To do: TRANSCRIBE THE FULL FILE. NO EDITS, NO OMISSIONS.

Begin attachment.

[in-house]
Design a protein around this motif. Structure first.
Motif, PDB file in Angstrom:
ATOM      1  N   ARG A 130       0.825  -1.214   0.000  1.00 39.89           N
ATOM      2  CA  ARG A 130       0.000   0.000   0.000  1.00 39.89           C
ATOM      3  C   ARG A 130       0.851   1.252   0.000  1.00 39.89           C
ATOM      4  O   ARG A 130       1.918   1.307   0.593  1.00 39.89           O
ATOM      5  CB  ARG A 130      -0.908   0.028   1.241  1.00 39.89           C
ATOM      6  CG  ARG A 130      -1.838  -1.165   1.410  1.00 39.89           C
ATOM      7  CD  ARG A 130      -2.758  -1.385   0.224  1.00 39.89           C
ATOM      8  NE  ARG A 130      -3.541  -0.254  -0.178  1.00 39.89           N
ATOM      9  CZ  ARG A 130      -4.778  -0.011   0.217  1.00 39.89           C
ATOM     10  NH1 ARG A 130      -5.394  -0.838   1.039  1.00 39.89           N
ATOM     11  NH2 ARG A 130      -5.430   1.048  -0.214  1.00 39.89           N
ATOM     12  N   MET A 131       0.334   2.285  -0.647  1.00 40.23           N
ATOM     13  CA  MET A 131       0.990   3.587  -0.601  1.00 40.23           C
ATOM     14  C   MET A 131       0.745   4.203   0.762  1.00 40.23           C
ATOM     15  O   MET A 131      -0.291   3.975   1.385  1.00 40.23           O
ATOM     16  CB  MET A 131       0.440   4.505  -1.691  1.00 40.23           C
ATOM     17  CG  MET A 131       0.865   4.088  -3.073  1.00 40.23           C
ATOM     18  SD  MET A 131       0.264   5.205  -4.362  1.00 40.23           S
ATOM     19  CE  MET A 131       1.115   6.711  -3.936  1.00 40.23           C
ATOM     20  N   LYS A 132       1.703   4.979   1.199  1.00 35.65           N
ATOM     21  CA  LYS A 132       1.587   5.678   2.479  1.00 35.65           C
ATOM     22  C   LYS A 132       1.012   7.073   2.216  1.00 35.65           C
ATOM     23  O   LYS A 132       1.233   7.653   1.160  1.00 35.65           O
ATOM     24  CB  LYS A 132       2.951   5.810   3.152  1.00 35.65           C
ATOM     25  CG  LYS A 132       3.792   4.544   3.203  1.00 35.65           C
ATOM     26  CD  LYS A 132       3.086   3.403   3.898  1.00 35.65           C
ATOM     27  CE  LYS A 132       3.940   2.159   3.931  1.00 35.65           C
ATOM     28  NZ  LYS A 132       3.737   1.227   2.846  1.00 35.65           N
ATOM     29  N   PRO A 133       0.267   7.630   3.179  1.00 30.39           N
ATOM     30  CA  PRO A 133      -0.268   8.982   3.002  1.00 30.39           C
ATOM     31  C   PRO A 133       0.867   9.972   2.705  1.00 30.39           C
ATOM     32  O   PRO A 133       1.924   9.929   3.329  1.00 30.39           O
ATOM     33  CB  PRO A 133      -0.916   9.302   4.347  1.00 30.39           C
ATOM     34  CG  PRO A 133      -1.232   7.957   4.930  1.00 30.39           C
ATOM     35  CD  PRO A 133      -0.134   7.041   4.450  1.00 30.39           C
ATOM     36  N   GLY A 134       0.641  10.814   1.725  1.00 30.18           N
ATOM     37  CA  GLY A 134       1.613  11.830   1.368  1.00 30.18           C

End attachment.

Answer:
[in-house]
Design a protein around this motif. Structure first.
Motif, PDB file in Angstrom:
ATOM      1  N   ARG A 130       0.825  -1.214   0.000  1.00 39.89           N
ATOM      2  CA  ARG A 130       0.000   0.000   0.000  1.00 39.89           C
ATOM      3  C   ARG A 130       0.851   1.252   0.000  1.00 39.89           C
ATOM      4  O   ARG A 130       1.918   1.307   0.593  1.00 39.89           O
ATOM      5  CB  ARG A 130      -0.908   0.028   1.241  1.00 39.89           C
ATOM      6  CG  ARG A 130      -1.838  -1.165   1.410  1.00 39.89           C
ATOM      7  CD  ARG A 130      -2.758  -1.385   0.224  1.00 39.89           C
ATOM      8  NE  ARG A 130      -3.541  -0.254  -0.178  1.00 39.89           N
ATOM      9  CZ  ARG A 130      -4.778  -0.011   0.217  1.00 39.89           C
ATOM     10  NH1 ARG A 130      -5.394  -0.838   1.039  1.00 39.89           N
ATOM     11  NH2 ARG A 130      -5.430   1.048  -0.214  1.00 39.89           N
ATOM     12  N   MET A 131       0.334   2.285  -0.647  1.00 40.23           N
ATOM     13  CA  MET A 131       0.990   3.587  -0.601  1.00 40.23           C
ATOM     14  C   MET A 131       0.745   4.203   0.762  1.00 40.23           C
ATOM     15  O   MET A 131      -0.291   3.975   1.385  1.00 40.23           O
ATOM     16  CB  MET A 131       0.440   4.505  -1.691  1.00 40.23           C
ATOM     17  CG  MET A 131       0.865   4.088  -3.073  1.00 40.23           C
ATOM     18  SD  MET A 131       0.264   5.205  -4.362  1.00 40.23           S
ATOM     19  CE  MET A 131       1.115   6.711  -3.936  1.00 40.23           C
ATOM     20  N   LYS A 132       1.703   4.979   1.199  1.00 35.65           N
ATOM     21  CA  LYS A 132       1.587   5.678   2.479  1.00 35.65           C
ATOM     22  C   LYS A 132       1.012   7.073   2.216  1.00 35.65           C
ATOM     23  O   LYS A 132       1.233   7.653   1.160  1.00 35.65           O
ATOM     24  CB  LYS A 132       2.951   5.810   3.152  1.00 35.65           C
ATOM     25  CG  LYS A 132       3.792   4.544   3.203  1.00 35.65           C
ATOM     26  CD  LYS A 132       3.086   3.403   3.898  1.00 35.65           C
ATOM     27  CE  LYS A 132       3.940   2.159   3.931  1.00 35.65           C
ATOM     28  NZ  LYS A 132       3.737   1.227   2.846  1.00 35.65           N
ATOM     29  N   PRO A 133       0.267   7.630   3.179  1.00 30.39           N
ATOM     30  CA  PRO A 133      -0.268   8.982   3.002  1.00 30.39           C
ATOM     31  C   PRO A 133       0.867   9.972   2.705  1.00 30.39           C
ATOM     32  O   PRO A 133       1.924   9.929   3.329  1.00 30.39           O
ATOM     33  CB  PRO A 133      -0.916   9.302   4.347  1.00 30.39           C
ATOM     34  CG  PRO A 133      -1.232   7.957   4.930  1.00 30.39           C
ATOM     35  CD  PRO A 133      -0.134   7.041   4.450  1.00 30.39           C
ATOM     36  N   GLY A 134       0.641  10.814   1.725  1.00 30.18           N
ATOM     37  CA  GLY A 134       1.613  11.830   1.368  1.00 30.18           C